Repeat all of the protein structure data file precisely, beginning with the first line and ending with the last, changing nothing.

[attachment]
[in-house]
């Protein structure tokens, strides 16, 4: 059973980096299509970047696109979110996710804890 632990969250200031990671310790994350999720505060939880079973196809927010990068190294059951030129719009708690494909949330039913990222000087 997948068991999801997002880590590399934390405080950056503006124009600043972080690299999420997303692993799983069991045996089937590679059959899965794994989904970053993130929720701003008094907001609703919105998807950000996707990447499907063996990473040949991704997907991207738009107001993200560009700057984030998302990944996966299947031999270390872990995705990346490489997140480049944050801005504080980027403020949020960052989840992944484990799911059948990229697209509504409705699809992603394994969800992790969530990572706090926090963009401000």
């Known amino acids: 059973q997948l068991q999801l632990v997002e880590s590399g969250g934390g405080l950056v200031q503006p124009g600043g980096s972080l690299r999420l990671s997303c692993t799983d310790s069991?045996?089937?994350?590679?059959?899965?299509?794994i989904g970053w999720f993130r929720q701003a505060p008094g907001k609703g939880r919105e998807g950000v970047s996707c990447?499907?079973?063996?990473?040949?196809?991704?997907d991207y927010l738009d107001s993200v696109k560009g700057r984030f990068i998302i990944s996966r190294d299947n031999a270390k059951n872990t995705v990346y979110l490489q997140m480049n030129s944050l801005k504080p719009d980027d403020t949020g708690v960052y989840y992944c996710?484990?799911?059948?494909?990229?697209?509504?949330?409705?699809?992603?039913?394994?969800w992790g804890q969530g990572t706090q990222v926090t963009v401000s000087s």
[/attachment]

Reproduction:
[in-house]
């Protein structure tokens, strides 16, 4: 059973980096299509970047696109979110996710804890 632990969250200031990671310790994350999720505060939880079973196809927010990068190294059951030129719009708690494909949330039913990222000087 997948068991999801997002880590590399934390405080950056503006124009600043972080690299999420997303692993799983069991045996089937590679059959899965794994989904970053993130929720701003008094907001609703919105998807950000996707990447499907063996990473040949991704997907991207738009107001993200560009700057984030998302990944996966299947031999270390872990995705990346490489997140480049944050801005504080980027403020949020960052989840992944484990799911059948990229697209509504409705699809992603394994969800992790969530990572706090926090963009401000």
């Known amino acids: 059973q997948l068991q999801l632990v997002e880590s590399g969250g934390g405080l950056v200031q503006p124009g600043g980096s972080l690299r999420l990671s997303c692993t799983d310790s069991?045996?089937?994350?590679?059959?899965?299509?794994i989904g970053w999720f993130r929720q701003a505060p008094g907001k609703g939880r919105e998807g950000v970047s996707c990447?499907?079973?063996?990473?040949?196809?991704?997907d991207y927010l738009d107001s993200v696109k560009g700057r984030f990068i998302i990944s996966r190294d299947n031999a270390k059951n872990t995705v990346y979110l490489q997140m480049n030129s944050l801005k504080p719009d980027d403020t949020g708690v960052y989840y992944c996710?484990?799911?059948?494909?990229?697209?509504?949330?409705?699809?992603?039913?394994?969800w992790g804890q969530g990572t706090q990222v926090t963009v401000s000087s």